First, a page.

Directed by Don Letts. UK. 2005.

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Trying to describe punk is like trying to discern the multifarious origins of the projectile vomit it gleefully unleashed upon its audiences. Was it just an extreme reaction to the sugary domination of disco in the late 1970s or was it more fundamentally an anarchistic movement that sought to change civilisation and society, as we know it?

Don Letts’ new DVD features a 90-minute documentary about punk music and through interviews with punks tries to pin down the origins, influences and lasting impact of punk.

One argument is that Elvis, Chuck Berry and the like were punk because anything that creates a radical change in thinking or style is punk. This allows virtually anything, especially in the mercurial world of pop music, to be punk. I rest my case with the fact that Blondie was regarded as a punk group. Compare and contrast them with Britain’s own Sex Pistols, and you can see that punk even at its peak in 1977 was a fairly nebulous entity that was able to embrace anything that was different from the mainstream.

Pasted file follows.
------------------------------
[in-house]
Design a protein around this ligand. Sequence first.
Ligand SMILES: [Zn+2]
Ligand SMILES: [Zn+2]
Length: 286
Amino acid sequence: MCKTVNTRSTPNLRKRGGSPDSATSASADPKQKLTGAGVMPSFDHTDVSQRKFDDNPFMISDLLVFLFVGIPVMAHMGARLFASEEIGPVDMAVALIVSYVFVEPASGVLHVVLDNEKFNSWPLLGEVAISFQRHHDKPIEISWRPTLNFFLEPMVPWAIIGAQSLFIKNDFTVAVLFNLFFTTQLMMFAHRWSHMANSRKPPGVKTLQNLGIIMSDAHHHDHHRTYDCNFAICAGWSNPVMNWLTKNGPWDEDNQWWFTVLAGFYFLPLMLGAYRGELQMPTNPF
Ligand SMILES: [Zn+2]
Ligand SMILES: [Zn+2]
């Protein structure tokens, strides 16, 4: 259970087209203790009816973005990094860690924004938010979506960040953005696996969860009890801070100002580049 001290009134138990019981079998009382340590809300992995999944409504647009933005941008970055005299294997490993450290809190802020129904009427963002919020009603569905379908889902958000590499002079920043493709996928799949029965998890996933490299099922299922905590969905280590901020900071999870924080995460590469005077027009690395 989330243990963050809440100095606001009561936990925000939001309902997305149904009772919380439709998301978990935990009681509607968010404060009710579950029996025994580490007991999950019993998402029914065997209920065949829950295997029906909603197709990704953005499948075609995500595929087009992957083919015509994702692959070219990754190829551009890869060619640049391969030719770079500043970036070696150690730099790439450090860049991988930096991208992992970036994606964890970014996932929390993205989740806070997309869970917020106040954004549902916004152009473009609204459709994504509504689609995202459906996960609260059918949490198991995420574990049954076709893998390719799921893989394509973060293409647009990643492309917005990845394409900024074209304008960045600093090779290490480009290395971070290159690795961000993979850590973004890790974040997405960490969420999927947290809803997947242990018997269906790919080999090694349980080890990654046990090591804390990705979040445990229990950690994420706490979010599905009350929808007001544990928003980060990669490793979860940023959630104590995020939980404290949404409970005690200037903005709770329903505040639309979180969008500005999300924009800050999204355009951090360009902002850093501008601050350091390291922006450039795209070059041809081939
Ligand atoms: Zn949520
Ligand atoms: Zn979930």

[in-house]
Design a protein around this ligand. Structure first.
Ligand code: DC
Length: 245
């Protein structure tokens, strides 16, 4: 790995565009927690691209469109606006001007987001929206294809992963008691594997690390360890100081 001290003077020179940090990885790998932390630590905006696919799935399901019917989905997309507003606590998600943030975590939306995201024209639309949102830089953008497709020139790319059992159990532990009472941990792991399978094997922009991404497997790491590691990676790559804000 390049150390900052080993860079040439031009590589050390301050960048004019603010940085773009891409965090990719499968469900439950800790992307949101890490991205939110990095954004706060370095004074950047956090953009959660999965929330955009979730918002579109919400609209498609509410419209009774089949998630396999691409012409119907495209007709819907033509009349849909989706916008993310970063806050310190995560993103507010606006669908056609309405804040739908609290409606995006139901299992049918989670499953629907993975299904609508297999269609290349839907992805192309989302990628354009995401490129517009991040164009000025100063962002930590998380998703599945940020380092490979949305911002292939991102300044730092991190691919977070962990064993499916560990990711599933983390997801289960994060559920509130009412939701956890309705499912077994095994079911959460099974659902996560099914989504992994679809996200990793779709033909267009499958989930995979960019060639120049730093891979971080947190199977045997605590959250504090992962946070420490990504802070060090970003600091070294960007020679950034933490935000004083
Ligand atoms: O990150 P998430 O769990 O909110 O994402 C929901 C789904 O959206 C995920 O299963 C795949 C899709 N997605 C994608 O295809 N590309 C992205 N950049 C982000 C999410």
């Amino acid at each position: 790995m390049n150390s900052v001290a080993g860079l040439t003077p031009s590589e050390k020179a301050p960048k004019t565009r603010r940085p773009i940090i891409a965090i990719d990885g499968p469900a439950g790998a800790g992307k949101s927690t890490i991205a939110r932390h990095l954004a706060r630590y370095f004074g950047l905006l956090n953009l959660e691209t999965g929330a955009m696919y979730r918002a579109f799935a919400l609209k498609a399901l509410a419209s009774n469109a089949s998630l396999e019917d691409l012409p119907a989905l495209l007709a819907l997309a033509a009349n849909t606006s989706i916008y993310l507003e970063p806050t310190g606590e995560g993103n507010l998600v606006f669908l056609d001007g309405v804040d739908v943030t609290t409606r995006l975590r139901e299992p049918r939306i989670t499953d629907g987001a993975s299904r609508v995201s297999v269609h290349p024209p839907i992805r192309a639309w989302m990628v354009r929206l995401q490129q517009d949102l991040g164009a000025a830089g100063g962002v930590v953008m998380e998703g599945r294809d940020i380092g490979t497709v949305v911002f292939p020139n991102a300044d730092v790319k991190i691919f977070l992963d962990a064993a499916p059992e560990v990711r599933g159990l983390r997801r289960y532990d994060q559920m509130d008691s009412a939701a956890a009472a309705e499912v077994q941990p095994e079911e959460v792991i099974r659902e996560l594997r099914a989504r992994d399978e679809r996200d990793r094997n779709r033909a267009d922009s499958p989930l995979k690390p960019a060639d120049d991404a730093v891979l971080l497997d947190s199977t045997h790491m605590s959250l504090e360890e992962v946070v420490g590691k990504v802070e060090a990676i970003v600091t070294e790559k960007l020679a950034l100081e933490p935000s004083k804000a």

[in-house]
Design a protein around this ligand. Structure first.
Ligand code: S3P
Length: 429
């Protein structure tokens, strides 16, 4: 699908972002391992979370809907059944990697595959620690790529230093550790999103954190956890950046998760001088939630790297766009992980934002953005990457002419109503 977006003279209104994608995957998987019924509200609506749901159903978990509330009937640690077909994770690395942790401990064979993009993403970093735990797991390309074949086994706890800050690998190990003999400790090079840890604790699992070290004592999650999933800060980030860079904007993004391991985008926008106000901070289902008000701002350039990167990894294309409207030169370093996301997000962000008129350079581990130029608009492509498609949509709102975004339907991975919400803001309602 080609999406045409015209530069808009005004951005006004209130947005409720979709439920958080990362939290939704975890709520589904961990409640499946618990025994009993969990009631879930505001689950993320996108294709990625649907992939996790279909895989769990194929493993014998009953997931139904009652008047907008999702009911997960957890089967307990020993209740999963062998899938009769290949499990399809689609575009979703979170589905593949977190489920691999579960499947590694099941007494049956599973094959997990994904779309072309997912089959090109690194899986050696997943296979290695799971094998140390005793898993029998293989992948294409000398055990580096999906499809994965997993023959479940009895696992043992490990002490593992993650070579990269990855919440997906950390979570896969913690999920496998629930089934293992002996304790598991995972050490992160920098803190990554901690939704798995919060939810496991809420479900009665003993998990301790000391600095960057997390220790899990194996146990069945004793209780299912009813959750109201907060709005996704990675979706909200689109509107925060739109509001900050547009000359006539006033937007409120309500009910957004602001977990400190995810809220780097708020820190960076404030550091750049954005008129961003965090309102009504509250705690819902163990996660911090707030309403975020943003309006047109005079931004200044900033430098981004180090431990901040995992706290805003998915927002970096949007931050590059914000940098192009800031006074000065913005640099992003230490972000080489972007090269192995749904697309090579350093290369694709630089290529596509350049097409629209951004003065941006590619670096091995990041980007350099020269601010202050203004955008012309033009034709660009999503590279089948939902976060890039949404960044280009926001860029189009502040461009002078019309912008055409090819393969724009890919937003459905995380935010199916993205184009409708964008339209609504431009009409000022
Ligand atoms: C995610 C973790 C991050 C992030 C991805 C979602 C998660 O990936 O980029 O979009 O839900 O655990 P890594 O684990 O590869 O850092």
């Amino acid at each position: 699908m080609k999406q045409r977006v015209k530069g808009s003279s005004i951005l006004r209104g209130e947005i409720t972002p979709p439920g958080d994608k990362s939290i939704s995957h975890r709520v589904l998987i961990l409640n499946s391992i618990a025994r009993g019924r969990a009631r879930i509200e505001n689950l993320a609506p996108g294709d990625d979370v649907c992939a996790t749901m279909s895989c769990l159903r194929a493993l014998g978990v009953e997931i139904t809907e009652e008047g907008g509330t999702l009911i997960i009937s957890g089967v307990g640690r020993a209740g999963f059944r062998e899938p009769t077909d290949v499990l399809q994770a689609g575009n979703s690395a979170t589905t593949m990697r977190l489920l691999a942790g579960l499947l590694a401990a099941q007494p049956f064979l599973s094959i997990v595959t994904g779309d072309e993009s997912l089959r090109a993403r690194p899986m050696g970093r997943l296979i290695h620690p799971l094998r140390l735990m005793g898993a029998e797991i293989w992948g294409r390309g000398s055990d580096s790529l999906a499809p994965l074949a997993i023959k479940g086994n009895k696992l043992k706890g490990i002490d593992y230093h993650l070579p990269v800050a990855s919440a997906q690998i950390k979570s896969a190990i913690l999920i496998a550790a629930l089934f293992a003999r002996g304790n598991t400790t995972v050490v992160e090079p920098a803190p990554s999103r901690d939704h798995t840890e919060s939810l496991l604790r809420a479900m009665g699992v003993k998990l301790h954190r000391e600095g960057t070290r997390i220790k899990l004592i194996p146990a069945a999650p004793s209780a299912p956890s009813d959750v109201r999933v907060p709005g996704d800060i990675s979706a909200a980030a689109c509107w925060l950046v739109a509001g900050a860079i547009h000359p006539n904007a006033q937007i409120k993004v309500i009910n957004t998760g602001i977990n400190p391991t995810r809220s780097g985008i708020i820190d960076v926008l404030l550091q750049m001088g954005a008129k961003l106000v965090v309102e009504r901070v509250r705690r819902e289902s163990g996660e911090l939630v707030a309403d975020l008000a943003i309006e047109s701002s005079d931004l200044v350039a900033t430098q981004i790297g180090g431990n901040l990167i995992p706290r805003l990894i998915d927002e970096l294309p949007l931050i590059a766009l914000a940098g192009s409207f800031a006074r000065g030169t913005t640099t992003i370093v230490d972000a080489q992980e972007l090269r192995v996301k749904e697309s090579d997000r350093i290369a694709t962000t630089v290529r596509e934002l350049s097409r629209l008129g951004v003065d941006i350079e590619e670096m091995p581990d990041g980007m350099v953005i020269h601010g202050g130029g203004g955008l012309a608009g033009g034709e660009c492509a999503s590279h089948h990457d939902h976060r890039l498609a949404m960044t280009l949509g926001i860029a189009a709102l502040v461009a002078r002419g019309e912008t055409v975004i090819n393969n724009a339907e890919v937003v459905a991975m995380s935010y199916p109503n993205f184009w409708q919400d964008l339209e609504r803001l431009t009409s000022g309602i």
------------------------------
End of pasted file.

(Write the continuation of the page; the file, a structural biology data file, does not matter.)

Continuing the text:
I never wore spiked hair or put pins in my extremities but I liked the punk attitude that anyone could become an overnight sensation and have an influence on everyone’s lives. What punks lacked in talent they made up for in raw energy and drive. It wasn’t just about music. The Sex Pistols became more famous for saying the f*** word on TV than for any of their rancid songs. Today we can tell how much has changed since nearly every celebrity TV chef uses the f**** word as one of the essential ingredients of their vocabulary.

What is most disappointing about punk is that it soon came and went. It was a media firestorm - even the Pistols called it a ‘swindle’ - that killed off some of its most colourful characters and those that have survived now grub around for any C-list celebrity job going. 

Punk: Attitude encapsulates a period that will either bring on a glow of nostalgia for some and sheer bewilderment for the rest of us.

Nigel Watson
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